Clarification on Q<K and R&P concentrations

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Sebastian Lee 1L
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Clarification on Q<K and R&P concentrations

Postby Sebastian Lee 1L » Wed Jan 08, 2020 2:47 pm

In lecture, Dr. Lavelle had on the slides that if Q<K, then [R]>[P] and the forward reaction is favored. I understand that when Q is less than K that means the ratio of products over reactants is less, signifying that there are more reactants (and less products) at that time than there would be at equilibrium. Thus, the reaction will form more product. However, even if Q<K, I'm not sure if that always means that [R]>[P], right? For example, you could have a Q greater than 1 which means that there are more products than reactant. However, if K is greater than that Q, it will still favor the forward reaction. Even though there are already more products than reactants, there needs to be even more product to reach equilibrium.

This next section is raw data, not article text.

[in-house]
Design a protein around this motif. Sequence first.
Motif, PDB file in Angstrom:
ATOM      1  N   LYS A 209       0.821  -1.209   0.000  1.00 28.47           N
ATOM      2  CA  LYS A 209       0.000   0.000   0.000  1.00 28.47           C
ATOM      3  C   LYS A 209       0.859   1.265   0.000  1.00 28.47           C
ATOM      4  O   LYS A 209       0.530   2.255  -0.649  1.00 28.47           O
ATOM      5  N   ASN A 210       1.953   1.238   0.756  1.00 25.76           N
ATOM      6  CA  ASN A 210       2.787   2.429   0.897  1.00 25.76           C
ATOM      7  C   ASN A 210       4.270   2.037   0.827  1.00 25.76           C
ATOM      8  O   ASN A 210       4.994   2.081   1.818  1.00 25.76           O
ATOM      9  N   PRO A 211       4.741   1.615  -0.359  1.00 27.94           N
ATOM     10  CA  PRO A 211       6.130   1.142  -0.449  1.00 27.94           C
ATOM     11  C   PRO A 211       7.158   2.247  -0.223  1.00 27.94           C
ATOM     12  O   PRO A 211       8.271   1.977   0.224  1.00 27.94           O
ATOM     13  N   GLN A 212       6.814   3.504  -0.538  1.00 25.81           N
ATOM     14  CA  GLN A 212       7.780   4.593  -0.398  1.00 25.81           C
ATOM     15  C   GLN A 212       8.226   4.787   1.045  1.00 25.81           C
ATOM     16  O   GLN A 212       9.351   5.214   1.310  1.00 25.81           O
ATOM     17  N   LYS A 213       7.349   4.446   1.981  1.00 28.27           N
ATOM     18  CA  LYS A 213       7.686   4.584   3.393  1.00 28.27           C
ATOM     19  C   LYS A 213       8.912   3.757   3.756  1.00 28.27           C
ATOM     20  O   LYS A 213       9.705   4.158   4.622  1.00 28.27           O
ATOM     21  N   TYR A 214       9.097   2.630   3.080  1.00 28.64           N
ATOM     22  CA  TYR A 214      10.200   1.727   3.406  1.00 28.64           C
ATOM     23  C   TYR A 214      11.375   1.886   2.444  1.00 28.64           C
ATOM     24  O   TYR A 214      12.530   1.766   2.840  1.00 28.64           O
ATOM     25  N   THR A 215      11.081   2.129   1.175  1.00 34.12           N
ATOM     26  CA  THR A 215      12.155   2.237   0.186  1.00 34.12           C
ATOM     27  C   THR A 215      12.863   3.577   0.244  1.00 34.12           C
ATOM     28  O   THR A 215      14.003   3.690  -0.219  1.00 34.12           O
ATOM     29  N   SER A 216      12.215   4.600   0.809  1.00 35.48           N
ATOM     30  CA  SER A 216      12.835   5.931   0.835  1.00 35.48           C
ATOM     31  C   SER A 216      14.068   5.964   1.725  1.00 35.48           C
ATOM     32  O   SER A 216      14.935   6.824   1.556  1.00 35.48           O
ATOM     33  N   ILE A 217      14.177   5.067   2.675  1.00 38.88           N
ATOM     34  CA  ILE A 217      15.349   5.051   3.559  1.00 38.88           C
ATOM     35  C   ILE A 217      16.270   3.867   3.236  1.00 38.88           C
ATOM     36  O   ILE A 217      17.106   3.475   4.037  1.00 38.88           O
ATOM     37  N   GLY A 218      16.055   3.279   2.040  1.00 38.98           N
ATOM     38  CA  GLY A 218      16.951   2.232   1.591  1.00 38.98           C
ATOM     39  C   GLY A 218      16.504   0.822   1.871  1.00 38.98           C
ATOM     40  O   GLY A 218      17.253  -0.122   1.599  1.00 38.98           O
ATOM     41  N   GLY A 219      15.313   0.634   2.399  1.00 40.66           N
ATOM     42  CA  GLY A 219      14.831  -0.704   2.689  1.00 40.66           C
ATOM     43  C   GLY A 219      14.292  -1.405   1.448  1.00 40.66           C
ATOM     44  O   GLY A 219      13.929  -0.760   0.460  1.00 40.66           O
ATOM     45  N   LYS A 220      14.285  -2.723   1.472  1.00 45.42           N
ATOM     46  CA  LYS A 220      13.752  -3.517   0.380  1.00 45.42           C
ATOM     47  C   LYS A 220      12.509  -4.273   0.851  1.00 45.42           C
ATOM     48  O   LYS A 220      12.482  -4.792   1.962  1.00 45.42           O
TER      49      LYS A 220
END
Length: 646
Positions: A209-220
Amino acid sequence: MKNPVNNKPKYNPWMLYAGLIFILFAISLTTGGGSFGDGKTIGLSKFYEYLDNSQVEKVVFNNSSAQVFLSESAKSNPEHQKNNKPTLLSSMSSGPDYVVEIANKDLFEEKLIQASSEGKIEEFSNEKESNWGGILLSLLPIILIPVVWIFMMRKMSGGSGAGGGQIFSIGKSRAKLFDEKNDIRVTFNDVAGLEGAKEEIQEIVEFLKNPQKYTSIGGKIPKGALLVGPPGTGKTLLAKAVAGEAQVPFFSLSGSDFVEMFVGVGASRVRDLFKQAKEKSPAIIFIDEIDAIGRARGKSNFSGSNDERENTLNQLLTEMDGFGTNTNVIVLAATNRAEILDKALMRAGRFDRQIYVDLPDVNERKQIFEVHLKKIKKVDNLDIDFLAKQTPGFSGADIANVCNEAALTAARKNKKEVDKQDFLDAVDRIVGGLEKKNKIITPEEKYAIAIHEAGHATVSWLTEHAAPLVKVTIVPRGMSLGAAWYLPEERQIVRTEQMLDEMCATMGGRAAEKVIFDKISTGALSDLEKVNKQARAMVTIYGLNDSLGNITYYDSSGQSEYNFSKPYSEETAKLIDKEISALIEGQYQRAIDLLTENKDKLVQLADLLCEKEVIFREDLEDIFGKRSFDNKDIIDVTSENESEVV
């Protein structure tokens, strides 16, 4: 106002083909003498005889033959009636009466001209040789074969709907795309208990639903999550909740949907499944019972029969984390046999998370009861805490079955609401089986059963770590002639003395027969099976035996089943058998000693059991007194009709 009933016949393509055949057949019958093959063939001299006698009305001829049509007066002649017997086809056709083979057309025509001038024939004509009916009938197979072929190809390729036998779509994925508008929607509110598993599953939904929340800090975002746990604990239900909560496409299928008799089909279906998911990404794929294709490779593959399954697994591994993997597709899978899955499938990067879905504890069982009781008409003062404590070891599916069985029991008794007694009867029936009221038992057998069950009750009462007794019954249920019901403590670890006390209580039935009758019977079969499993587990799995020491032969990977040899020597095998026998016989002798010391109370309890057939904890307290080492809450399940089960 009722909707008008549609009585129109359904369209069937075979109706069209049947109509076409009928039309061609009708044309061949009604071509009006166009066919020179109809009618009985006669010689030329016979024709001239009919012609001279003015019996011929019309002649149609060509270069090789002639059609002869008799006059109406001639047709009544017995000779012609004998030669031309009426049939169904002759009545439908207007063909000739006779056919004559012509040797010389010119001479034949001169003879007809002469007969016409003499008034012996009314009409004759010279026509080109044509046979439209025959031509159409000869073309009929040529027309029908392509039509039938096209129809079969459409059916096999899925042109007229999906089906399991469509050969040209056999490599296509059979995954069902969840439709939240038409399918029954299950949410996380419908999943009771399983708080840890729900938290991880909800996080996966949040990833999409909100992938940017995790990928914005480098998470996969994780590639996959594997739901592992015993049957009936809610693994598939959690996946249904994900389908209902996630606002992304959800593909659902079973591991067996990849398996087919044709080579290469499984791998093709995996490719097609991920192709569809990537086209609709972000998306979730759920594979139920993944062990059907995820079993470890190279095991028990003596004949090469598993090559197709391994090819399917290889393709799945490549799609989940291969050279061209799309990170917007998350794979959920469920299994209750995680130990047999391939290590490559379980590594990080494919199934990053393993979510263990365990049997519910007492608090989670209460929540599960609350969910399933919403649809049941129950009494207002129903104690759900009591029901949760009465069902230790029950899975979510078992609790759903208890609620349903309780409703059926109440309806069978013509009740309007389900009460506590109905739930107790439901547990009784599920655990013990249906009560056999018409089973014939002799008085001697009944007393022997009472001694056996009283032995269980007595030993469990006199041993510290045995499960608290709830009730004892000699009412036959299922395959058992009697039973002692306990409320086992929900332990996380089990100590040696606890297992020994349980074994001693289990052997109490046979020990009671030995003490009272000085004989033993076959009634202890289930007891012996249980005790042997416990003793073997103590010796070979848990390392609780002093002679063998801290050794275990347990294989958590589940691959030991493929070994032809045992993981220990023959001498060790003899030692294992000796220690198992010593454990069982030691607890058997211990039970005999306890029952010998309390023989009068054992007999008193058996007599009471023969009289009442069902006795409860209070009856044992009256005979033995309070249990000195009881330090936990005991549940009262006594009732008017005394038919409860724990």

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Re: Clarification on Q<K and R&P concentrations

Postby Brian_Ho_2B » Wed Jan 08, 2020 2:57 pm

Yes, just because Q<K doesn't necessarily mean that [R]>[P]. It just means that more product is favored. For instance, Q can be 10^2 and K can be 10^5. There's a lot more product than reactant, but the K requires even more product.

Aman Sankineni 2L
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Re: Clarification on Q<K and R&P concentrations

Postby Aman Sankineni 2L » Wed Jan 08, 2020 5:21 pm

Q is mainly used to determine the favored reaction direction. It doesn't necessarily signify that the reactants or products have a higher or less concentration than one another.

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